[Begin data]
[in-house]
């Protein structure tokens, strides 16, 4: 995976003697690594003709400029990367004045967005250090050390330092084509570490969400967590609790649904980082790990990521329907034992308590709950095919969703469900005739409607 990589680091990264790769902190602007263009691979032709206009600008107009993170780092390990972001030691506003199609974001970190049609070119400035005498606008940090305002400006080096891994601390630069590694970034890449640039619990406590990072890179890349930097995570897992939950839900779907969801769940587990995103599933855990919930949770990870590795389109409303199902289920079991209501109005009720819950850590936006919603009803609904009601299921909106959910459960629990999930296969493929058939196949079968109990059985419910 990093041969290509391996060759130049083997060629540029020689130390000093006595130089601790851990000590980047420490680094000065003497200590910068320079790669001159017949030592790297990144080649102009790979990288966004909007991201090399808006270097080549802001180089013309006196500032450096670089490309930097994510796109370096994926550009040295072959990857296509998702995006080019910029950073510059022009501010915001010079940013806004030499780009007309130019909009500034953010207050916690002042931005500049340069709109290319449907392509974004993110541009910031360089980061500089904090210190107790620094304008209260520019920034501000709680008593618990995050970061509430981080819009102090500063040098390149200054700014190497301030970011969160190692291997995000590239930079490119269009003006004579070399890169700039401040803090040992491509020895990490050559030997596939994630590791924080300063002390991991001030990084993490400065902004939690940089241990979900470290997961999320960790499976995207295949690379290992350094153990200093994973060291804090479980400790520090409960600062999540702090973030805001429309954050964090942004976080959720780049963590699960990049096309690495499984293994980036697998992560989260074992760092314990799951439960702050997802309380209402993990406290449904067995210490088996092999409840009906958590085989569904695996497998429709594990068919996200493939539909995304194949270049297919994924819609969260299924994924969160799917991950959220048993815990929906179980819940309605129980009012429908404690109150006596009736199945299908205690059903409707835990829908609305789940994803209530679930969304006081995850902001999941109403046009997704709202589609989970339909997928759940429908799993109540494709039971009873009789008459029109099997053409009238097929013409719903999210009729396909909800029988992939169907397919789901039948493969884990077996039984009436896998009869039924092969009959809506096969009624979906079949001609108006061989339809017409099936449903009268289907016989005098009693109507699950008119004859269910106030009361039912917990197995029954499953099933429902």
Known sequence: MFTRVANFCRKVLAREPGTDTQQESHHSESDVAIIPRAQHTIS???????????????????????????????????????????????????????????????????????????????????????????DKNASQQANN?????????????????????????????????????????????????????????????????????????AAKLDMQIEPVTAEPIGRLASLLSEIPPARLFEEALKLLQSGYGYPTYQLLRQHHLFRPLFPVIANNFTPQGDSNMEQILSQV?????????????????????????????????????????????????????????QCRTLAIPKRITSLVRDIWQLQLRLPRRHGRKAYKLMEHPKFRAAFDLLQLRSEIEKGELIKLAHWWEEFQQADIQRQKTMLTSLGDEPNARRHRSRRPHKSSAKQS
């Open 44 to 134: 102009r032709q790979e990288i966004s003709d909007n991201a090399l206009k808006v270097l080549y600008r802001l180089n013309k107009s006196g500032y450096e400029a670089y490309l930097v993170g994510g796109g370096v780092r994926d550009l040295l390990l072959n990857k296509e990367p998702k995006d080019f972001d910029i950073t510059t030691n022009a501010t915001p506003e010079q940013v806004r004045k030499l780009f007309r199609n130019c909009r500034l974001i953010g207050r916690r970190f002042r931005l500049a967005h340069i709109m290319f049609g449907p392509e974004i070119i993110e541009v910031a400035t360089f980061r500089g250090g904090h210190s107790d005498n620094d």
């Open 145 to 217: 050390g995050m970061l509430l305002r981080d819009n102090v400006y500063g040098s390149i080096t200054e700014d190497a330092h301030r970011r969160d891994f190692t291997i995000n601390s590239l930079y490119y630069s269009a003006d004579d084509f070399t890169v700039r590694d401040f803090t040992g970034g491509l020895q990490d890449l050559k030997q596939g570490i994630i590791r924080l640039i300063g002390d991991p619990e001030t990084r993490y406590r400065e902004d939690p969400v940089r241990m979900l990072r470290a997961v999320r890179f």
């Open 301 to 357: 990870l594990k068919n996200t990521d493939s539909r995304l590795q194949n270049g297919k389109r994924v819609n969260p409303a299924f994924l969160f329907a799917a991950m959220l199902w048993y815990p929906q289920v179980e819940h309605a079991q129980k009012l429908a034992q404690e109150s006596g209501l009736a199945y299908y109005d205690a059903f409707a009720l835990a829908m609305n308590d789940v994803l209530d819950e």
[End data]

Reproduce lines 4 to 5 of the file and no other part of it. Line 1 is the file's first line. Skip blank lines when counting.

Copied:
């Open 44 to 134: 102009r032709q790979e990288i966004s003709d909007n991201a090399l206009k808006v270097l080549y600008r802001l180089n013309k107009s006196g500032y450096e400029a670089y490309l930097v993170g994510g796109g370096v780092r994926d550009l040295l390990l072959n990857k296509e990367p998702k995006d080019f972001d910029i950073t510059t030691n022009a501010t915001p506003e010079q940013v806004r004045k030499l780009f007309r199609n130019c909009r500034l974001i953010g207050r916690r970190f002042r931005l500049a967005h340069i709109m290319f049609g449907p392509e974004i070119i993110e541009v910031a400035t360089f980061r500089g250090g904090h210190s107790d005498n620094d």
């Open 145 to 217: 050390g995050m970061l509430l305002r981080d819009n102090v400006y500063g040098s390149i080096t200054e700014d190497a330092h301030r970011r969160d891994f190692t291997i995000n601390s590239l930079y490119y630069s269009a003006d004579d084509f070399t890169v700039r590694d401040f803090t040992g970034g491509l020895q990490d890449l050559k030997q596939g570490i994630i590791r924080l640039i300063g002390d991991p619990e001030t990084r993490y406590r400065e902004d939690p969400v940089r241990m979900l990072r470290a997961v999320r890179f």